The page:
Here are news and opinion stories educators, advocates, policy wonks and makers are talking about today:
News and Analysis:
Competitors Still Beat U.S. in Tests
American schoolchildren continue to lag behind those of major competitors in math and science exams given globally, despite progress on some of those tests, according to results from international achievement exams to be released Tuesday. (Wall Street Journal)
U.S. Students Still Lag Globally in Math and Science, Tests Show
Fourth- and eighth-grade students in the United States continue to lag behind students in several East Asian countries and some European nations in math and science, although American fourth graders are closer to the top performers in reading, according to test results released on Tuesday. (New York Times)
The Education Choice and Competition Index
Exploring the critical role of school choice in the future of education reform, the Education Choice and Competition Index (ECCI) is an interactive web application that scores large school districts based on thirteen categories of policy and practice. The intent of the ECCI is to create public awareness of the differences among districts in their support of school choice, provide a framework for efforts to improve choice and competition, and recognize leaders among school districts in the design and implementation of choice and competition systems. (Brookings)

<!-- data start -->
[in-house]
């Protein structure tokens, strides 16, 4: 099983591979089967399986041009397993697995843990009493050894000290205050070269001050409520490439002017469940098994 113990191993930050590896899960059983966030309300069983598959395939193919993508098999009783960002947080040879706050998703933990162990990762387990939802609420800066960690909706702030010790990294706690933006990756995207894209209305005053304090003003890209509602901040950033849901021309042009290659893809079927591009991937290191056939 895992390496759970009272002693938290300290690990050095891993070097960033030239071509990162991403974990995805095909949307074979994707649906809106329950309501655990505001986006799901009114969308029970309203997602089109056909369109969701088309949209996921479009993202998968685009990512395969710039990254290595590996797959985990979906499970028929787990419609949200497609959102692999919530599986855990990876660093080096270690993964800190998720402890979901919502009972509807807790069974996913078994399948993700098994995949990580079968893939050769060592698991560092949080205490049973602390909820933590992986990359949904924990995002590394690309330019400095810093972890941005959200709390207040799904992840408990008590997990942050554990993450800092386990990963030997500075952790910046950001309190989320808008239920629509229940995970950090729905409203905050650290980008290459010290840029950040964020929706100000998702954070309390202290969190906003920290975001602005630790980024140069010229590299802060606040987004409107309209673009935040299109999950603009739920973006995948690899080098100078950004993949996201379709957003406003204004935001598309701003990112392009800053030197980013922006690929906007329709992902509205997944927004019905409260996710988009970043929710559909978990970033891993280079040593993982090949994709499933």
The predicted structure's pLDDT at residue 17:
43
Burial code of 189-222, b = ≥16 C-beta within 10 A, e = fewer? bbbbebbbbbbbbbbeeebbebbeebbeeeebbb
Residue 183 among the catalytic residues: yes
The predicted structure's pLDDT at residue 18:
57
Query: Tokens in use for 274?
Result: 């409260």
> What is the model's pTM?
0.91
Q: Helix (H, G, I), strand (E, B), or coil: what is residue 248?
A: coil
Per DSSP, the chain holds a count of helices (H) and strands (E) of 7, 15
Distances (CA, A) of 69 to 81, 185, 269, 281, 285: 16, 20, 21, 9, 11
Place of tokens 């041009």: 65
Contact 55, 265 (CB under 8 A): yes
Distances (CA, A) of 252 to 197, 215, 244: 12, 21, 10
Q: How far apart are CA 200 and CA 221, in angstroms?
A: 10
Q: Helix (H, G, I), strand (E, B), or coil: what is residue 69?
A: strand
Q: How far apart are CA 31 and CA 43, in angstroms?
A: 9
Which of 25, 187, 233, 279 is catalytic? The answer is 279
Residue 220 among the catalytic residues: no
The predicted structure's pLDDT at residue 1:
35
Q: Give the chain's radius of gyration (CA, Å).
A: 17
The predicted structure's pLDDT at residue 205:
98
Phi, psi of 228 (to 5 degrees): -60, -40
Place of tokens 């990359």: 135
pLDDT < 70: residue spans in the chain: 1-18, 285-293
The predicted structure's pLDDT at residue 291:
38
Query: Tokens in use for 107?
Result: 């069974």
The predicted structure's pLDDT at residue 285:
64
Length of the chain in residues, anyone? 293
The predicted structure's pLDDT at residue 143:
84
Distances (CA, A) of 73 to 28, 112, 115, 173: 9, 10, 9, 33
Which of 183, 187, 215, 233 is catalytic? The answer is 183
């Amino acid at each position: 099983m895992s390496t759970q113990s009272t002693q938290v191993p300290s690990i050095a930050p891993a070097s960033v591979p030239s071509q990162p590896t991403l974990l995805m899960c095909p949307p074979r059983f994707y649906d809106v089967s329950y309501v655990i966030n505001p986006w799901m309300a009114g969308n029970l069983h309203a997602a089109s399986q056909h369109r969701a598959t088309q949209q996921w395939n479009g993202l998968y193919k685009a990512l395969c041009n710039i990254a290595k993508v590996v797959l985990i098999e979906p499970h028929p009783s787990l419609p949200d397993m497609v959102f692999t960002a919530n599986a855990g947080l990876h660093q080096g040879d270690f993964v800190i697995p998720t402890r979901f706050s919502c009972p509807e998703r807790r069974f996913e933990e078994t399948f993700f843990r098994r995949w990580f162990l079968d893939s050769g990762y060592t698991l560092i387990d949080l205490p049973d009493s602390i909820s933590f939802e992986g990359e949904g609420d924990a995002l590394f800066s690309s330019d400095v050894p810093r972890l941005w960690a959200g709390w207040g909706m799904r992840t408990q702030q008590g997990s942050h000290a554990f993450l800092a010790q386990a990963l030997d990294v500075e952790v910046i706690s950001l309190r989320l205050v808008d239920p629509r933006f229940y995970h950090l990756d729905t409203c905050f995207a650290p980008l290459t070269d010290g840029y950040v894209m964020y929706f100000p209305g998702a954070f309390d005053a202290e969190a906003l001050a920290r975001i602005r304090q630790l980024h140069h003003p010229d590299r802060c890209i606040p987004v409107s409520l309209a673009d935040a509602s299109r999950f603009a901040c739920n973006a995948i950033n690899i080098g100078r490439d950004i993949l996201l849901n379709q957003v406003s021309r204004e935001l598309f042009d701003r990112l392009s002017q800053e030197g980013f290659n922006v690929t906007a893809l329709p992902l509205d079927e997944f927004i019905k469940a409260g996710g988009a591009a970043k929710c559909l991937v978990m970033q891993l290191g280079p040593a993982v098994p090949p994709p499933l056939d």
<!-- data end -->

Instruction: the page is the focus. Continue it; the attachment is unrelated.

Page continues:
Fiscal Cliff: How Are Impact-Aid Districts Preparing for Education Cuts?
Almost everyone in education is worried about the fiscal cliff—including the 8.2 percent across-the-board cut to school districts—but no program is in as precarious a position as Impact Aid, the one major K-12 program that would be cut immediately come January if Congress and the administration aren’t able to work out a long-term deal on the deficit.
(Education Week – Politics K-12)
Lessons Gleaned From the Louisiana School Voucher Ruling
A Louisiana circuit court judge recently ruled that the diversion of public tax dollars dedicated for public education to private school vouchers is unconstitutional. While this particular battle is far from over — Gov. Bobby Jindal and State Superintendent John White have vowed to appeal — this decision is a major victory for all school boards and public education advocates across the United States. (Education Week – Transforming Learning)
Michael B. Horn: Could Competency- Based Learning Save the Common Core?
After spending a week in Washington, D.C., I was struck by how nervous folks in education circles are about whether states will stick with the Common Core state standards once the Common Core assessments arrive in the 2014-15 school year. (Education Next)